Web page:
The only difference between us and Westminster Abbey, y'know, is we don't do weddings and coronations.
I came out of the scool that never listened to rock'n roll or refused to until I was about 21. I was never really that good to play what you term "jazz" , especially at that time. So I just used to play with anyone really, which was mostly jazz people, but not on a very high musical level, not the best, though some of them turned to be the best as time passed. By the time I joined the Stones, I was a bit used to rock'n roll. I knew most of the rock'n roll guys, people like Screaming Lord Sutch, through people who played in bands (like Sutch's pianist, Nicky Hopkins), though I never had any desire to play it myself. By the time I actually joined the Stones, I was quite used to Chuck Berry and that. But it was actually sitting up endlessly with Keith and Brian - I was out of work at the time I joined the band I just used to hang about wwith them, waiting for jobs to come up, daytime work - just lessoning to Little Walter and all that, that it got ground in.
I don't hate rock'n roll. I never said that. That's why I don't give interviews. Haven't given one in eight years.
It'd be nice to be rich and grow old. I'd hate to be shuffling 'round Brixton market in a pair of slippers. Then again, I'll probably be shuffling 'round the garden.
I think the secret of a successful marriage is separate bathroom.
Well, if I wasn't working with this band I don't know if I'd turn up again tomorrow if I didn't enjoy it. I'd have a headache or something.
People seem to think that putting on these tours and putting out records is all quite straightforward. But it's bloody hard work. Mick puts himself through a lot of worry, concern and sheer physical effort to get through these things. And all you see in the press is their total age is 213 years. Well, that's very funny, I'm sure. But what you really need at this stage is a bit of help not hindrance.
I'd hate to be Mick . I'am glad to say he's promoted himself in that direction -always in the magazines- because it helps us. It's great for me 'cause I'd never do that. I hate that sort of thing. I'd hate to go on stage and walk around in front of everyone.
I don't really know him [Ronnie Wood] as well like that. He's a very likable person. He's not grown-up. He doesn't need to be. He's not at all sensible, Ronnie. It's not his role. He's a maniac.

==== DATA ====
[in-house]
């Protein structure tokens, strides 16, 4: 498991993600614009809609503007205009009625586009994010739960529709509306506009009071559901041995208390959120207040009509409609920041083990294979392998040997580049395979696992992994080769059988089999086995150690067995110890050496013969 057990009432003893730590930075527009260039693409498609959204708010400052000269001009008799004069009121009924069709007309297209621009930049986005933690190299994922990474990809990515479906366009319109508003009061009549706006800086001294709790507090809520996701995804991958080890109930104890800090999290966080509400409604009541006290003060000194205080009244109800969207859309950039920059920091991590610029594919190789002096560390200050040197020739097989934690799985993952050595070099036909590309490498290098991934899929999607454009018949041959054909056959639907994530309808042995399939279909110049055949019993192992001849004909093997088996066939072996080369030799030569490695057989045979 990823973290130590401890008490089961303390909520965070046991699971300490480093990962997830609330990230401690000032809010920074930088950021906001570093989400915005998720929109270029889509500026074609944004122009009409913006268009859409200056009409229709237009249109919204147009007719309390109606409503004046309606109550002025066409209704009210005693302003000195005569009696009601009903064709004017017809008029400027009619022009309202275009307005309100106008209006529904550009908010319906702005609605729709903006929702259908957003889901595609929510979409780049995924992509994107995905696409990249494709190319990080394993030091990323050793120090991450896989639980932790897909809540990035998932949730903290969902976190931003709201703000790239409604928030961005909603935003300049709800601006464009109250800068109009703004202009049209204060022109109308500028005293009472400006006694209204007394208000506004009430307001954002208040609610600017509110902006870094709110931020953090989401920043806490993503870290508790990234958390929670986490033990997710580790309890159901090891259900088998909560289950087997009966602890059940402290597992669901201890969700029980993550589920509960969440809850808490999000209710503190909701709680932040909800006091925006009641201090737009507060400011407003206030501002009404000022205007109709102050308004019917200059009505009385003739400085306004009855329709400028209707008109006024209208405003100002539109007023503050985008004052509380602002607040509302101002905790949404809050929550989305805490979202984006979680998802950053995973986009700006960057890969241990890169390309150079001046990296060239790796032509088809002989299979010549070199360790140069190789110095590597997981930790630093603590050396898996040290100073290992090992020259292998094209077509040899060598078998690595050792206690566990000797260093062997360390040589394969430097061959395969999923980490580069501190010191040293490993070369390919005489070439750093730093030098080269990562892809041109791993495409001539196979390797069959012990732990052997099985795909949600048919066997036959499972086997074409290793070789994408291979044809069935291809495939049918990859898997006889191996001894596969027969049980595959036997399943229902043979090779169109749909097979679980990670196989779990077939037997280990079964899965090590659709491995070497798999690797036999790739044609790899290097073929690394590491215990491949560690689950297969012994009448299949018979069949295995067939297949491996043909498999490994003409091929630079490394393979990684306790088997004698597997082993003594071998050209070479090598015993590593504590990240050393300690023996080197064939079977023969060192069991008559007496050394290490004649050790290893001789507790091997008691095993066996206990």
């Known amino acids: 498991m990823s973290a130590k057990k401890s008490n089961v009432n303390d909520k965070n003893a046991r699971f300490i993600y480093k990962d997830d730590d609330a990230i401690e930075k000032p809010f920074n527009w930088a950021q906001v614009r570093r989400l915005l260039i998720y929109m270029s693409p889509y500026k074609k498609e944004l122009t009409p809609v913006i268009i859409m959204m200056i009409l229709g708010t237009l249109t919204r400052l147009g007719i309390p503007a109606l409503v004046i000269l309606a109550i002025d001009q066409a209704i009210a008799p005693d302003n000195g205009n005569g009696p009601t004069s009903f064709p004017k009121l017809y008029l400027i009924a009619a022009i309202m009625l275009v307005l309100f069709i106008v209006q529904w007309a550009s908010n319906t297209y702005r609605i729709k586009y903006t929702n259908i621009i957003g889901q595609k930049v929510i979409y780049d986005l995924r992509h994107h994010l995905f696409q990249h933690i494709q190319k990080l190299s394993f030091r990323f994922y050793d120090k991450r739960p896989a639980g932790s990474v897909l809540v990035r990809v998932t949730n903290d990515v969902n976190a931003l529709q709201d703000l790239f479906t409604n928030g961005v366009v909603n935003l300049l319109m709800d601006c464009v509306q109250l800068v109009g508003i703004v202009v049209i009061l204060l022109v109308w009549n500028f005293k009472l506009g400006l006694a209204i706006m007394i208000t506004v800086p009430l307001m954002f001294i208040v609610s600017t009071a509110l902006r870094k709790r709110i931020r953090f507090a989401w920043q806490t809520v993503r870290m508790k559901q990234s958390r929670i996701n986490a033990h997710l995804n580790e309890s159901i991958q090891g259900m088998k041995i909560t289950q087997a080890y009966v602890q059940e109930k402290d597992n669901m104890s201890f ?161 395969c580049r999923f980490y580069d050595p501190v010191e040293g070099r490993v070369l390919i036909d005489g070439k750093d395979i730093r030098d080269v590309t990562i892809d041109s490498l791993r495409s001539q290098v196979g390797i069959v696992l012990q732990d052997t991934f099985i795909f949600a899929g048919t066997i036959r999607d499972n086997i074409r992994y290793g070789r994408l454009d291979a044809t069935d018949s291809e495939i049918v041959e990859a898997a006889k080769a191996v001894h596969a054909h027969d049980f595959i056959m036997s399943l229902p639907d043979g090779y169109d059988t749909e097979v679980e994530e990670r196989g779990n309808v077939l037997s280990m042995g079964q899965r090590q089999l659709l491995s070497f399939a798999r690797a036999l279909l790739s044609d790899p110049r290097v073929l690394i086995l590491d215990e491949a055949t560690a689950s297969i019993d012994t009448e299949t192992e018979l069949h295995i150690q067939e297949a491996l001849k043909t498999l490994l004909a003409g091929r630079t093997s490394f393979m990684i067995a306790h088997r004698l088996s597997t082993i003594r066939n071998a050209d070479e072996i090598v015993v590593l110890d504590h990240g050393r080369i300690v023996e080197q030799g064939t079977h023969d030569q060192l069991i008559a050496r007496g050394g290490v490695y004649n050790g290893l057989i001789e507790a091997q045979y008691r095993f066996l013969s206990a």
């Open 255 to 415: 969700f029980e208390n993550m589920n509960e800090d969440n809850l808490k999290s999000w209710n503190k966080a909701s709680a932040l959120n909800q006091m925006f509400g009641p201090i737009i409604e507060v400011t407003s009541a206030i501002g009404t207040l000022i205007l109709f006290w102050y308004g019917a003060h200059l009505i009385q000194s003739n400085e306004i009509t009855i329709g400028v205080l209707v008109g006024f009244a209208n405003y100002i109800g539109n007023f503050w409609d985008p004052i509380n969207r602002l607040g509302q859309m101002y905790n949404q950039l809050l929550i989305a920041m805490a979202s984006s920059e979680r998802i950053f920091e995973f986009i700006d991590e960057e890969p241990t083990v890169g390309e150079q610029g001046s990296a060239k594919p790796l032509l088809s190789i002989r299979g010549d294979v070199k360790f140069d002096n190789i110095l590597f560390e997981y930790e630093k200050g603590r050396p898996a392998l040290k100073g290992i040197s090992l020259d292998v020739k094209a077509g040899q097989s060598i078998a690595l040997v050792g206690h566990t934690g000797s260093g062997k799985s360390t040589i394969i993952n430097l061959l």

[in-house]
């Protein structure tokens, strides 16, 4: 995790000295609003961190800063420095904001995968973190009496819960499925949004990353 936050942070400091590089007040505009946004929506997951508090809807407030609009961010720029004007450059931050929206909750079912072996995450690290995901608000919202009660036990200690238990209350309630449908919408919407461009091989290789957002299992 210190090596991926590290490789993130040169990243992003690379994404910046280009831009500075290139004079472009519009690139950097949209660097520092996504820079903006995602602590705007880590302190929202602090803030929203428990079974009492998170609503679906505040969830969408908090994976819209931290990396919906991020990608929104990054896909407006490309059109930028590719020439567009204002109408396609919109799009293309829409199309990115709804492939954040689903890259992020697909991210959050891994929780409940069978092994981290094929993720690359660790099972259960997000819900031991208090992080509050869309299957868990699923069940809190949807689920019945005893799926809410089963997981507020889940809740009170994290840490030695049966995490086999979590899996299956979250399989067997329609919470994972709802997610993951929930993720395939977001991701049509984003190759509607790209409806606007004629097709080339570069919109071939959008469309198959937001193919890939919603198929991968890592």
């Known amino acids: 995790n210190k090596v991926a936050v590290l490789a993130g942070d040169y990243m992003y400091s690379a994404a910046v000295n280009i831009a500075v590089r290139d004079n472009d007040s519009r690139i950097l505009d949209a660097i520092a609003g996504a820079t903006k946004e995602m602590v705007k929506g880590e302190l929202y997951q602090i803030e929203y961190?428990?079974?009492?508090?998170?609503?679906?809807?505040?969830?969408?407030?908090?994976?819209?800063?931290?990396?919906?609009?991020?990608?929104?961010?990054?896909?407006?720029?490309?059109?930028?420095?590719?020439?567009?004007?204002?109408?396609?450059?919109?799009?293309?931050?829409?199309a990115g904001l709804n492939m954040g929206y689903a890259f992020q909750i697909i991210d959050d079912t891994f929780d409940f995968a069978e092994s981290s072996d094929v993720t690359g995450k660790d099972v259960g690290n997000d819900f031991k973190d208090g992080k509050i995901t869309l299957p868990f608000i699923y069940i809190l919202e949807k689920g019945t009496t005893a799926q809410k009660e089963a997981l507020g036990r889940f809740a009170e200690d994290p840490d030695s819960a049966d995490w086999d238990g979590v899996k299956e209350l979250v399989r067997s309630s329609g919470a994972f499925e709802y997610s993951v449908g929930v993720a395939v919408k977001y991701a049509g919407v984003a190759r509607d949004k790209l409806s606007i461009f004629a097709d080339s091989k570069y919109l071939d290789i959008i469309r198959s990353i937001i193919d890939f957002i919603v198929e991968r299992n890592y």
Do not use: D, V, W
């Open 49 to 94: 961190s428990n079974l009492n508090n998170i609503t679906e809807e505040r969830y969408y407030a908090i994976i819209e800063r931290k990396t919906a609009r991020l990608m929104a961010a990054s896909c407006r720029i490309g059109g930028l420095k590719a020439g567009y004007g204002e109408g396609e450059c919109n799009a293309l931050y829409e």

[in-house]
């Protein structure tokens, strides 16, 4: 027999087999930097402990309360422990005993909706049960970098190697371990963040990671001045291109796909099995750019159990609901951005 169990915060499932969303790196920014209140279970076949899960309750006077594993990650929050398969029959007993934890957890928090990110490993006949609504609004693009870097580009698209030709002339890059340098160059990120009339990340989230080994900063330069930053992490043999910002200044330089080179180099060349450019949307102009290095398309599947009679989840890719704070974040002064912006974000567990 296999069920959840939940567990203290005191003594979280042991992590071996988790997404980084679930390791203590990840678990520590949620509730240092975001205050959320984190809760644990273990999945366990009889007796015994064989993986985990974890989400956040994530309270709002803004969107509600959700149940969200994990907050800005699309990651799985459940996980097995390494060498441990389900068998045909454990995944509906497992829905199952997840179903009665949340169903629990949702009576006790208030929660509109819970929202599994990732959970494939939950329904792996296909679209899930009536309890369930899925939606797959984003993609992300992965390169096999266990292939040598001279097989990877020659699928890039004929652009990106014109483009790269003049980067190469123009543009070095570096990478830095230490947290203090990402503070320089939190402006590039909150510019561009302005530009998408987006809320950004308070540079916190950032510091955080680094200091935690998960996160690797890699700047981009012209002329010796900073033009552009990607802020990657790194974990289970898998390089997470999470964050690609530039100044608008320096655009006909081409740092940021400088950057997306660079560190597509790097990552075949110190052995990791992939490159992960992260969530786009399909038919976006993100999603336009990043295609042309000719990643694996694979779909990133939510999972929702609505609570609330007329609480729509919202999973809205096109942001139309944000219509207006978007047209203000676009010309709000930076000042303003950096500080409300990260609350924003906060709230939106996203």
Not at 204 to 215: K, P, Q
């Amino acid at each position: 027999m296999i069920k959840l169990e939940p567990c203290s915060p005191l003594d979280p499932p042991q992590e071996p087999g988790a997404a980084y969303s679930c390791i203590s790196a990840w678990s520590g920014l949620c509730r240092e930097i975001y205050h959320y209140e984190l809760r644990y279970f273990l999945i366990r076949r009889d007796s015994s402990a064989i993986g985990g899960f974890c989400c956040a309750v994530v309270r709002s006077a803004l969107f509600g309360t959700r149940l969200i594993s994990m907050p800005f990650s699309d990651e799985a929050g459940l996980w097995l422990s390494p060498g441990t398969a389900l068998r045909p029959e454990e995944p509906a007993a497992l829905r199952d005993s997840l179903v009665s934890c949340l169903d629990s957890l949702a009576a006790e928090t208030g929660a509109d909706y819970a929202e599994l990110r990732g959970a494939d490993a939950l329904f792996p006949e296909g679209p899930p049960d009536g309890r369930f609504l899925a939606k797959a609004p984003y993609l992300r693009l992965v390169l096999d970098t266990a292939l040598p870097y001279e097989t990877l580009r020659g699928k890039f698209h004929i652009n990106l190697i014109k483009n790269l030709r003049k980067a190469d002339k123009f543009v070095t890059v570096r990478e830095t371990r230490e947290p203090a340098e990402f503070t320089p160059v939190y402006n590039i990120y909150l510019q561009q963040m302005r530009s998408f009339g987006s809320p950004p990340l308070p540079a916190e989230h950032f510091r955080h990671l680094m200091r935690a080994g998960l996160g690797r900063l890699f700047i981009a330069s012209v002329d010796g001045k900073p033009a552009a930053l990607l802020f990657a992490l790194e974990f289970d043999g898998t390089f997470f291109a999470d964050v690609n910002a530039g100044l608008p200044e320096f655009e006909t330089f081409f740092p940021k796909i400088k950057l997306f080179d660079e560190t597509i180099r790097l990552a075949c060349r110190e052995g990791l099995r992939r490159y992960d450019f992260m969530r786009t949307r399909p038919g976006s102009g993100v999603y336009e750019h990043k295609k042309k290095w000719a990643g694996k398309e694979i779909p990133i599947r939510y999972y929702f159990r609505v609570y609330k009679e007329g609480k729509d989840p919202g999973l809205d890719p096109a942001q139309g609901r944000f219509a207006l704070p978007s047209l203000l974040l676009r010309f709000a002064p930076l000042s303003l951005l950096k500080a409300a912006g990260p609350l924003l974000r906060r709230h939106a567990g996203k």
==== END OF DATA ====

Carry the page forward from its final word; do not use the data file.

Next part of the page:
He [Keith Richards] is a bohemian. They don't work by the book- He'll either miss very badly, whatever it is, or he's 100% and two weeks ahead of you. I've seen Keith fall asleep at business meetings about millions of dollars for him - because of heroin, just nod out and then wake up and answer a question.
Keith is the sort of guy you should leave alone. He's the classic naughty boy. He's the sort of guy I knew at school who hated the head boy. And I love Keith because of that.
KEITH ABOUT CHARLIE
I drove up to the joint we were rehearsing in one afternoon, and I could here these drums going. I thought 'Ah, Charlie's here'. So I killed the engine and sat in the car for about five minutes listening to him playing - just warming up. 'Yeah, soundin' good'. Then I started to get my stuff together to go inside, and I happened to see myself in the driving mirror. I had this silly grin on my face. I didn't even know I was smiling, but that's what Charlie does for me.
It's Charlie's band - without him we wouldn't have a group.
Charlie Watts makes Charlie Watts great. He's one of the few drummers that knows the importance of swing in playing rock n roll.
Everybody thinks Mick and Keith are the Rolling Stones. If Charlie wasn't doing what he is doing on drums, that wouldn't be true at all. You'd find out that Charlie is the Stones. Bullshit...nobody, individually, is the Stones. But right on Charlie !
I can't imagine Charlie Watts getting off his arse for 15 million dollars if he didn't feel it was still worthwhile, and that applies to all of us.
Charlie Watts is my absolute favorite. He has all the qualities that I like in people. Great sens of humor, a lovely streak of eccentricity, a real talent, very modest. The only thing about Charlie that's always been true is that he's always hated being a pop star. He genuinely loathes it. He wanted to be a kind of Max Roach hipster, a cool guy. He suddenly got thrown into this thing that was really not part of his self-image.
God forbid they should ever get around to making a Stones movie. I certainly wouldn't want to watch it. I hope I am dead and gone by then. Never mind Mick and I. Who'd play Charlie ?
Cutting the basic tracks for Steel Wheels, the Stones would play for up to fifteen hours at a stretch : "I'd get up the next morning and I'd feel like I'd just done fifteen rounds with Mike Tyson," Says Richards. "Get out of bed and my knees would buckle, I'd be lying there on the floor and Mick would go, 'What's the matter with you?' 'It's Charlie man, I know it.' Charlie was not going to let me off the hook. I think he was a little pissed, too, that I'd gone off and played with Steve Jordan. Like he was telling me, I'll show you how it's done."
RollingStone, (1989), sent by Trish.
Charlie Watts. When you work with a guy like Charlie, where else do you want to go, because the guy's incredible.
Sent by "Cubanpete".
ROD : In Montauk, when we were rehearsing, we'd be sitting there playing and he (Mick) would suddenly come up and kick me. And he tried it on Charlie's drums - once. He never tried it again. Charlie did a mild flip-out, said : "Listen, i don't unplug your mike lead, so don't upset my drums. And while we are at it, don't keep buggin' Ronnie".